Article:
Gratitude is a decision.  My grandmother was a waitress for the last forty plus years of her life.  It was not glamorous.  She did not make a fortune.  She didn't make excuses, instead she made everyone who walked into the restaurant or cafeteria feel like he/she was the only customer in the place.  She took pride in what she did, not because of the money or the status, but because she felt it was the right thing to do.  And she was grateful for it.

As I sit back and think about our current employment situation and the corporate cultures that have been allowed to fester, I am saddened by our state of gratitude.  Whether we flip burgers or cook up mergers, we should be thankful for what we do.  It's not because the work is to define us, but instead, we should be defining the work.  My work should be an outlet for who I am.  When I work, I am reflecting my unique ability to contribute and to help others succeed.

With this attitude, I have stopped looking for work to "bring me flowers."  Instead, I bring them to work.  My gratitude should be palpable and infectious.  I should be the catalyst for change.  I don't want to sing the same old song with Neil and Barbra.  It's time for a different melody.

Thursday, November 8, 2012

Give Me One Moment in Time

Remember your first "big boy" or "big girl" job?  Do you remember how excited you were the night before you started?  Do you remember the care you took in setting up your work area on the first day?  Do you remember how eager you were to take notes in order to understand everything you had to do?  Do you remember the smile that stayed on your face that entire day?

What happened to that moment in time?  Where is the enthusiasm?  What happened to that eager conscientiousness?  Has the company you work for sucked the life right out of you?

I remember working in education years ago.  I had great plans.  I reopened the school library, established an after-school homework "crew" for those at-risk and increased scores for national testing.  Unfortunately, the atmosphere I was in did not encourage its teachers.  Many of those would cry or express outrage each morning.  This is not the stuff of enthusiastic engagement.

So why?  Why does this happen in many companies?  The answer lies in a few places.  First, we have an unrealistic expectation of work.  When work is the goal, it is a let-down.  The work itself can garner some enthusiasm for a while, but it is temporal.  The lasting elements are found in how that work contributes to the larger mission.  When a company does a poor job in disseminating a consistent message of mission, it is quite easy for the work to seem unrelated.  As this happens, disappointment, frustration and blame set in.  Departments begin to look at other departments as the problem, as if it's because of "them" that your department isn't succeeding.  Our workplaces are to be filled with people who fulfill a vital part of the workflow process rather than the norm of workplaces filled with work done by workers.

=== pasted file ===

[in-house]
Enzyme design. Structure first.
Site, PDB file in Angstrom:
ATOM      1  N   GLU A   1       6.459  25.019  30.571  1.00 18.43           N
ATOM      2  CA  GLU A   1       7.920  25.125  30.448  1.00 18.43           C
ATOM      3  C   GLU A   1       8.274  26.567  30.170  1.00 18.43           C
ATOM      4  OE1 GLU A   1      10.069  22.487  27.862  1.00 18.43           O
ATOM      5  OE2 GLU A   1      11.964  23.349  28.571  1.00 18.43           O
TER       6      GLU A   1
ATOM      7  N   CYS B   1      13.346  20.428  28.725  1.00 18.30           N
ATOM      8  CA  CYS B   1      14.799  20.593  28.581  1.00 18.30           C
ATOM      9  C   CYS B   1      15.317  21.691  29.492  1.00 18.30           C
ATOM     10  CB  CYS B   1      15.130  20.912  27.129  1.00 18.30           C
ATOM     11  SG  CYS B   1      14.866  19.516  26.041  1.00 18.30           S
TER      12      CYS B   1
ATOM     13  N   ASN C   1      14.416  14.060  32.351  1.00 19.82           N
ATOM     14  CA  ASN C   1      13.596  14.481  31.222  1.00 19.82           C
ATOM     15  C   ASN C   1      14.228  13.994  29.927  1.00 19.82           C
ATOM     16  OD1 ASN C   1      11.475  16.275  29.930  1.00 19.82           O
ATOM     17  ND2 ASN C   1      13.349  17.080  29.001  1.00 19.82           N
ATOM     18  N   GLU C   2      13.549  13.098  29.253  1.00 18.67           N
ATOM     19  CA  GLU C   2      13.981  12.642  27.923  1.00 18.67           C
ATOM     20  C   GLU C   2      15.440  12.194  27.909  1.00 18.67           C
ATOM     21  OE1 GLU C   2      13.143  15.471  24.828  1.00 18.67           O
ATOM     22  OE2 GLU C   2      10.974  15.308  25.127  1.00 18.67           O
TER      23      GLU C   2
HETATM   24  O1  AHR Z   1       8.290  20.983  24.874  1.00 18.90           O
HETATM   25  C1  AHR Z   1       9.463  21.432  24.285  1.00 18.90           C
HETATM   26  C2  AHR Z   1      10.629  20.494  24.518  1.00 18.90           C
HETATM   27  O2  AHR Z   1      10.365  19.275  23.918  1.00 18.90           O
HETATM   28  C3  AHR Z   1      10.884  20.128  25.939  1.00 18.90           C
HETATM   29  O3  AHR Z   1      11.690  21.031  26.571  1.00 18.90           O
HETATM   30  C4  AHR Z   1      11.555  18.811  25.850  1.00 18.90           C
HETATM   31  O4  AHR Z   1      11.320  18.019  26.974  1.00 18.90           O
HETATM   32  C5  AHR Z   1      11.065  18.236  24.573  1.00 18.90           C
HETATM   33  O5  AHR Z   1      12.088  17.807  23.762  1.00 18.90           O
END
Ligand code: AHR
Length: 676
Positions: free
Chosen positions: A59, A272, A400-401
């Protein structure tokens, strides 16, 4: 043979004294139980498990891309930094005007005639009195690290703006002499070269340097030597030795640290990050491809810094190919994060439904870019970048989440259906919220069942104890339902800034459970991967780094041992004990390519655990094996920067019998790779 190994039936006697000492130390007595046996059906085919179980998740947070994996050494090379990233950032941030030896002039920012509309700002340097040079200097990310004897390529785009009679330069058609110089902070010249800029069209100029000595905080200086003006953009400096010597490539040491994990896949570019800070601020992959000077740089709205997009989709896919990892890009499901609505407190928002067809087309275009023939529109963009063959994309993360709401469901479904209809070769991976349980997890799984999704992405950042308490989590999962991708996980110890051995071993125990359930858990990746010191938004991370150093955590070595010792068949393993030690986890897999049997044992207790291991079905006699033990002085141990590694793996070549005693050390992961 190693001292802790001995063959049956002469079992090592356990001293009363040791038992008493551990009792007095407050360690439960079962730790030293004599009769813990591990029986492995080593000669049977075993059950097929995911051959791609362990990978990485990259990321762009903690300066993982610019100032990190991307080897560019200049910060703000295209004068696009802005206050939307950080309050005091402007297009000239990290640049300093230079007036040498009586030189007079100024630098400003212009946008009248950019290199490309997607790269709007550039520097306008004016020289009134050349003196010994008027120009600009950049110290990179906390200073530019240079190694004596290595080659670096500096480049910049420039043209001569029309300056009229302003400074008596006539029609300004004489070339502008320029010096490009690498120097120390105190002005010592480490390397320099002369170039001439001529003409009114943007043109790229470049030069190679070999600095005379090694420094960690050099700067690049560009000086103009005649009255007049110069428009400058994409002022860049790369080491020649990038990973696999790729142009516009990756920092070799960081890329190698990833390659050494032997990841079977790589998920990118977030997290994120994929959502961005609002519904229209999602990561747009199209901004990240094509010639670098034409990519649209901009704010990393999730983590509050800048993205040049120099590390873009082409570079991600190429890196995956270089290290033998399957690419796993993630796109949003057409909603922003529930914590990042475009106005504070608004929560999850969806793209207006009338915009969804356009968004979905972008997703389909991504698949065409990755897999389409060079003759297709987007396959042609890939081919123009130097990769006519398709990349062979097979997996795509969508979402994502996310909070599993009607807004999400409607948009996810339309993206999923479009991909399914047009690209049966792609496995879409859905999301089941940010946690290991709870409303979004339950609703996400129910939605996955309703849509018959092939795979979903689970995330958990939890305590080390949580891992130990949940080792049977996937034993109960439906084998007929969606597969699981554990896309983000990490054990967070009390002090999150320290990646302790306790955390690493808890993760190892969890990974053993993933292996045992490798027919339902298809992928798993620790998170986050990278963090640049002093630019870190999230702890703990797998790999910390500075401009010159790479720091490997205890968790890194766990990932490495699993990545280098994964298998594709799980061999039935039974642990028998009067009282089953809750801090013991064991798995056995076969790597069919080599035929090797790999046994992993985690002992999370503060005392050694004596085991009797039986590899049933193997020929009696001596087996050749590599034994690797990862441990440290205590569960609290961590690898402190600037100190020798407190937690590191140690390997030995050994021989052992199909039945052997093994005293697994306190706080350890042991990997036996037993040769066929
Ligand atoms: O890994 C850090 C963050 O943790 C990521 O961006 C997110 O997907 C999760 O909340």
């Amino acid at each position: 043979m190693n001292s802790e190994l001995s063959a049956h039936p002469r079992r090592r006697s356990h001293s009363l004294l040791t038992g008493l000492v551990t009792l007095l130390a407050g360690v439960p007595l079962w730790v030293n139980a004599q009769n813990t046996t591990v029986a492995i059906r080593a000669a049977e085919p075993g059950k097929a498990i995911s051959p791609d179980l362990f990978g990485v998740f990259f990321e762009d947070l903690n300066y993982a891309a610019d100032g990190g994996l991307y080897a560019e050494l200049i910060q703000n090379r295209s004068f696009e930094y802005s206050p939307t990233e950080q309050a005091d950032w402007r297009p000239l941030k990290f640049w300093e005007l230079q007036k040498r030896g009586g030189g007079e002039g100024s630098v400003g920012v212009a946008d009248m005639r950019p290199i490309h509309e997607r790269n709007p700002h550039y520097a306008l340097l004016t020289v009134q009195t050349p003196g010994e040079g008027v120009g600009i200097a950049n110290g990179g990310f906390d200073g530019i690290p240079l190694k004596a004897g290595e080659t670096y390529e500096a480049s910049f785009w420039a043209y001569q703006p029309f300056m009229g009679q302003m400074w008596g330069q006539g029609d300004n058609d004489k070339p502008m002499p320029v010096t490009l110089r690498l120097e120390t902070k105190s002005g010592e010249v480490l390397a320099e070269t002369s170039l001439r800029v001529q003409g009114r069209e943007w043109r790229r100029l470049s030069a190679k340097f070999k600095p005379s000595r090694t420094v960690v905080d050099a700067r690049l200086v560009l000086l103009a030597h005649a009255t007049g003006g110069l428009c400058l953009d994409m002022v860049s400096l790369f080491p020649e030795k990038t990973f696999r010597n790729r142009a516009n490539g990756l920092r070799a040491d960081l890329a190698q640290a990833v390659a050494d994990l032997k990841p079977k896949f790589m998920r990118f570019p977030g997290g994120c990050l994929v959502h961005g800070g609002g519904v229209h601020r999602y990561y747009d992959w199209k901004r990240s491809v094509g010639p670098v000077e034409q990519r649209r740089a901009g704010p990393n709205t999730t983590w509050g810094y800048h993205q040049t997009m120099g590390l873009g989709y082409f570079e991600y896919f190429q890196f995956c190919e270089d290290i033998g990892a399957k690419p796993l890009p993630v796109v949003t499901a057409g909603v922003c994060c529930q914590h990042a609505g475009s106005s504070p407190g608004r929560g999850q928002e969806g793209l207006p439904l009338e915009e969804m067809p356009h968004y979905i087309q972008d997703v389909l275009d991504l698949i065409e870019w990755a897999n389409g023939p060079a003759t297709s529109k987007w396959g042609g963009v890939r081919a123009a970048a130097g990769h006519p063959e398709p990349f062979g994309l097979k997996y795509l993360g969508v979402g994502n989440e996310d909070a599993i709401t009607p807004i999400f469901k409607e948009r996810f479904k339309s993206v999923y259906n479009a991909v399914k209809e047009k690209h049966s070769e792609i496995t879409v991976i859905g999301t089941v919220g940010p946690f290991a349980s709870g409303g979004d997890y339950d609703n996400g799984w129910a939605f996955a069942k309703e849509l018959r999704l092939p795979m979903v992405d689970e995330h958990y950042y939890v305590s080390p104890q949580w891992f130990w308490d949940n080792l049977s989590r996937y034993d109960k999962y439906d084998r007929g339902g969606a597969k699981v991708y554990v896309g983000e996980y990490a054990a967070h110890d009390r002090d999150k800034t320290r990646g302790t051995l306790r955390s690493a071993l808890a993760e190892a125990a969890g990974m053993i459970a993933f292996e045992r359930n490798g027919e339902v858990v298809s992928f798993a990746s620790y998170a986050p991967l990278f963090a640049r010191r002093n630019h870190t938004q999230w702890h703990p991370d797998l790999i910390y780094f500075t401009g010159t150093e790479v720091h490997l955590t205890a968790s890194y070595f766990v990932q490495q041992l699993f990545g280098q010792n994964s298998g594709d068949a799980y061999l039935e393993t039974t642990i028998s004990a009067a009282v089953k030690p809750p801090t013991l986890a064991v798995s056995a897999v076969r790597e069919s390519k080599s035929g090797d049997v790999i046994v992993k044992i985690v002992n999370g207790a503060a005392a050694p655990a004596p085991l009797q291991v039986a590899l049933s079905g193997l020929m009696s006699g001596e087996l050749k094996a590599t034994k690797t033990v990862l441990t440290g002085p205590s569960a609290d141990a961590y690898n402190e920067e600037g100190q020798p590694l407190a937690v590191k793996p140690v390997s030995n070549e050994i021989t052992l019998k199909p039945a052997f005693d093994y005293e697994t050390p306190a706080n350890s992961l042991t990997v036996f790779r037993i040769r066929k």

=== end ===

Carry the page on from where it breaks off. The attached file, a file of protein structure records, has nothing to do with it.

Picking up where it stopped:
Secondly, we forget to be leaders instead of followers.  In every department or cubicle, you are a leader.  You may not have a team reporting to you, but you at least have yourself to lead.  Often, we are too easily influenced by negativity at work.  Listen, I am a fan of "The Office."  Michael Scott is one of the best characters created on network television.  But think about actually working at Dunder-Mifflin.  Wouldn't you just hate it?  Wouldn't you just become another participant with Oscar, Dwight and Angela in commiserating about how awful it is to work there?  There are people reading this right now who live in that environment and have fallen into the bad habit of participating in negativity.  Be a leader in your conversations, in your self-discipline and in your career (rather than your job).

Thirdly, we hate those new people with all their enthusiastic rah-rah.  Many of us have worked in places where the establishment is so embittered that when new recruits arrive, the long-timers look them over like "lifers" in a prison movie.  The look is about how can I break you down?  How can I wipe that smile off your face?  This place stinks so don't think you'll be happy; be ready to be miserable like the rest of us.  Many have trained themselves to hate what they once had - excitement, pride in the work, passion to succeed for the sake of the company.  We've got to re-train ourselves and get back to what we know is right!

Make a choice today to be different.  This isn't about self-help; it's about corporate health.  Wouldn't you rather be motivated to get to work each day?  Wouldn't you want to enjoy your time at work?  Think about how many hours you spend at work.  Why not make it great?  And think about what the entire company will be like under such an influence. 

Choose a moment in time today to reclaim what you once were.  Don't allow anyone to decide for you how you should think about work.  If many are negative, then they've made that choice.  You don't have to.  

I love working with recent college graduates.  Their energy and desire to learn is palpable.  It energizes me and causes me to remember, with fondness, how much I wanted to tackle the world with my great ideas and enthusiasm.  You know what?  I can still tackle the world.  I might need some Advil, but I can still do it.